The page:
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Czech Republic



  • Czech CESKÁ REPUBLIKA, landlocked country in central Europe. It comprises the historic lands of Bohemia and Moravia (collectively often called the Czech Lands) and the southwestern corner of Silesia. The modern Czech nation was inaugurated on Jan. 1, 1993, when the union with Slovakia, dating from 1918, was dissolved; the Communist Party of Czechoslovakia controlled the federal government from 1948 to 1989. The Czech Republic is bordered by Poland to the north and northeast, Slovakia to the east, Austria to the south, and Germany to the west and northwest. It has an area of 30,450 square miles (78,864 square kilometres). The capital is Prague (Praha).

Canadian Embassy/Consulate: Mickiewiczova 6, Hradcany Tel.02/2431-1108

Our plan was to spend roughly 7 to 10 days in Prague and forgo travelling around the country although we are probably missing out on a lot of beautiful scenery, people, and cities. None-the-less, some essential travel information on Prague follows.

Hlavni Nadrazi Train Station

  • International trains arrive at and depart from the main station on Wilsonova ulice, about 500 yards east of Wenceslas Square
  • Or the suburban Nádrazí Holesovice (tel. 02/2461-5865), situated about 2 kilometers (1 1/2 miles) north of the city center.
  • Main station has information offices upstairs, open daily 6 AM-10 PM, or downstairs near the exits (under the CD Centrum sign), or call 02/2422-4200. The Cedok office at Na príkope 18 (tel. 02/2419-7111) also provides train information and issues tickets.

Ruzyne Airport (Tel. 2011 1111)

Located 10 kilometers from the city center, Prague's only airport is accessible by local bus (119 from the Dejvicka metro stop, the last stop on the A line); Cedaz express airport bus (Tel: 20114296) which picks up passengers at both the Namesti Republiky and Dejvicka metro stops, for 90 and 60 Kc respectively; and by taxi, which should cost about 300 Kc for a ride from the center of town.
Traveling in the other direction, from the airport into the city, there are also three options. Visitors should be aware that the line of white cars lined up in front of the airport may look like taxis, but they aren't. Belinda, a private shuttle company, has exclusive rights on transporting airport travelers one way only--into the city. Because of this, they are somewhat higher-priced than the average taxi, about 25 Kc per kilometer. If you're on a tight budget, you may want to lug yourself and your bags into town on bus 119, or take the Cedaz shuttle bus (both mentioned above). Taxis Taxi prices in Prague are not regulated. Cab drivers can charge whatever they like, as long as they post their price-per-kilometer, usually on the door. It's a good idea to agree on a price with the driver before committing to the ride. As in many big cities, cab drivers sometimes prey on foreigners who are unfamiliar with the language or currency. Whenever possible it's better to call for a taxi in advance. An approximate price for the ride can be provided over the phone by the dispatcher. Two usually reliable companies whose dispatchers speak English are AAA Taxi (Tel: 10 80) and ProfiTaxi (Tel: 6104 5555).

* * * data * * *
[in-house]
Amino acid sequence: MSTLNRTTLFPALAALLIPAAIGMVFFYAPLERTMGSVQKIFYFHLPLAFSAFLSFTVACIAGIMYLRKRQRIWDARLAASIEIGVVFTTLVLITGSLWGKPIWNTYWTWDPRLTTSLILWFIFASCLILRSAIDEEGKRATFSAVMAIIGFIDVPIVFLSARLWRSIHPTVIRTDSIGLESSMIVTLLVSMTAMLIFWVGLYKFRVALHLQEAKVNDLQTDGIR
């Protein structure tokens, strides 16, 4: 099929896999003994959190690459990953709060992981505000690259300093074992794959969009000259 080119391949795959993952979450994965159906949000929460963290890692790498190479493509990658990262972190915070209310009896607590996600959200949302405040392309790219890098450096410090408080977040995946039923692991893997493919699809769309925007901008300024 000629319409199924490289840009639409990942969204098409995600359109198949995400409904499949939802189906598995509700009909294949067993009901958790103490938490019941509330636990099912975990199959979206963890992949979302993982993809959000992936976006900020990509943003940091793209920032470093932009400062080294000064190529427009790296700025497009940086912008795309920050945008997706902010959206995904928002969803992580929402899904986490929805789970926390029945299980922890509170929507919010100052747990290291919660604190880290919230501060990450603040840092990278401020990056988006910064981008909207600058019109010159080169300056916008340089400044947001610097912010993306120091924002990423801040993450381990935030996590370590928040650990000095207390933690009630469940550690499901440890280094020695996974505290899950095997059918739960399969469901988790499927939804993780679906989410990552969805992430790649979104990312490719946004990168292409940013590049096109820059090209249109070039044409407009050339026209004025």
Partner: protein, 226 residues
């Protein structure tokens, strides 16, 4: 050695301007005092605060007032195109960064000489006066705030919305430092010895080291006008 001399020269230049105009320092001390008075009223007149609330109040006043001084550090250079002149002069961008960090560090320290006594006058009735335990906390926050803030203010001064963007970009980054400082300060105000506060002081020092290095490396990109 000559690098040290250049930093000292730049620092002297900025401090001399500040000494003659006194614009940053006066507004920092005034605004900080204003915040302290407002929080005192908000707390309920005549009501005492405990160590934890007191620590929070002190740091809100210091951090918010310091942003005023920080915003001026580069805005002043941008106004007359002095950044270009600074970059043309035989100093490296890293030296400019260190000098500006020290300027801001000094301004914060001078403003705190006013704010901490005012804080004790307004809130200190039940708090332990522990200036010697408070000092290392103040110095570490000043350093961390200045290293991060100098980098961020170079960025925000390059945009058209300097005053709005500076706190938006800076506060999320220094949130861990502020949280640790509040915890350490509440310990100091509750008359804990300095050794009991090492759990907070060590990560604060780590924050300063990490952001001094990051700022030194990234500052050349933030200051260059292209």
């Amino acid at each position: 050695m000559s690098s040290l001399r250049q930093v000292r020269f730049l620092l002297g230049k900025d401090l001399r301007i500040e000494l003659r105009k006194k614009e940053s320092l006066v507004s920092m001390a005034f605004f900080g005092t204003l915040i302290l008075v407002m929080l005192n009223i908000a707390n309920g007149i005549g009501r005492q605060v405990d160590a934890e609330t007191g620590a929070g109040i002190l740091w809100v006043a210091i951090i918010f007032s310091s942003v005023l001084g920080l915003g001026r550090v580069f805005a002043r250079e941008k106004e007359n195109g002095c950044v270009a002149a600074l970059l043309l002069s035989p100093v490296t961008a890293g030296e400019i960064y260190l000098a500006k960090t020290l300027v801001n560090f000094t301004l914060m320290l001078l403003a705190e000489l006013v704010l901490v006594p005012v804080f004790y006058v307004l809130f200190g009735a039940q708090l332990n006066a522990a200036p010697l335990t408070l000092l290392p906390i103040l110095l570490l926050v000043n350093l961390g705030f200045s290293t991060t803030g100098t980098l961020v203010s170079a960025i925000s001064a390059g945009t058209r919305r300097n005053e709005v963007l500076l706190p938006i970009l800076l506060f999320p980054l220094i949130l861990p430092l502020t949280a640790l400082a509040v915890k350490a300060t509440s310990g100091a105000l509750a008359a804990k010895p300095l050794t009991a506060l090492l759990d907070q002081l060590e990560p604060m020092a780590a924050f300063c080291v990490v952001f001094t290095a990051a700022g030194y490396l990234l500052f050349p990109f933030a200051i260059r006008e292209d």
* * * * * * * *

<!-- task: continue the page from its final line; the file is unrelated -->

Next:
Prague Information Links

The Prague Post - Online english newspaper. Also has tourist information, an online city map, day trip suggestions, and more.
Rental Flat in Central Prague - A link to our probably choice of accomodation. Private flat, good location.
A - Z Prague - Online guide for tourist information, shopping, culture, etc. Many links for hotels, hostels, bars, restaurants, etc.
jsc travel agency - Cheap cheap cheap links to hostels, hotels starting from 9 USD a night!


SUBWAY

Prague's subway system, the metro, is clean and reliable. Trains run daily from 5 AM to midnight. Validate the tickets at the orange machines before descending the escalators; each ticket is good for 60 minutes of uninterrupted travel. Trains are patrolled often; the fine for riding without a valid ticket is 200 Kc. Beware of pickpockets, who often operate in large groups, on crowded trams and metro cars.

BUS AND TRAM

Prague's extensive bus and streetcar network allows for fast, efficient travel throughout the city. Tickets are the same as those used for the metro, although you validate them at machines inside the bus or streetcar. Tickets (w jizdenky) can be bought at hotels, newsstands, and from dispensing machines in the metro stations. The price of a ticket increased in 1996 from 6 Kc to 10 Kc; the new tickets permit one hour's travel throughout the metro, tram, and bus network, rather than the current one ticket-one ride system. You can also buy one-day passes allowing unlimited use of the system for 50 Kc, two-day for 85 Kc, three-day for 110 Kc, and five-day for 170 Kc. The passes can be purchased at the main metro stations and at some newsstands. A refurbished old tram, No. 91, plies a route in the Old Town and Lesser Quarter on summer weekends. Trams 50-59 and Buses 500 and above run all night, after the metro shuts down at midnight. All "night tram" routes intersect at the corner of Lazarská and Spálená streets in the New Town near the Národní Trída metro station.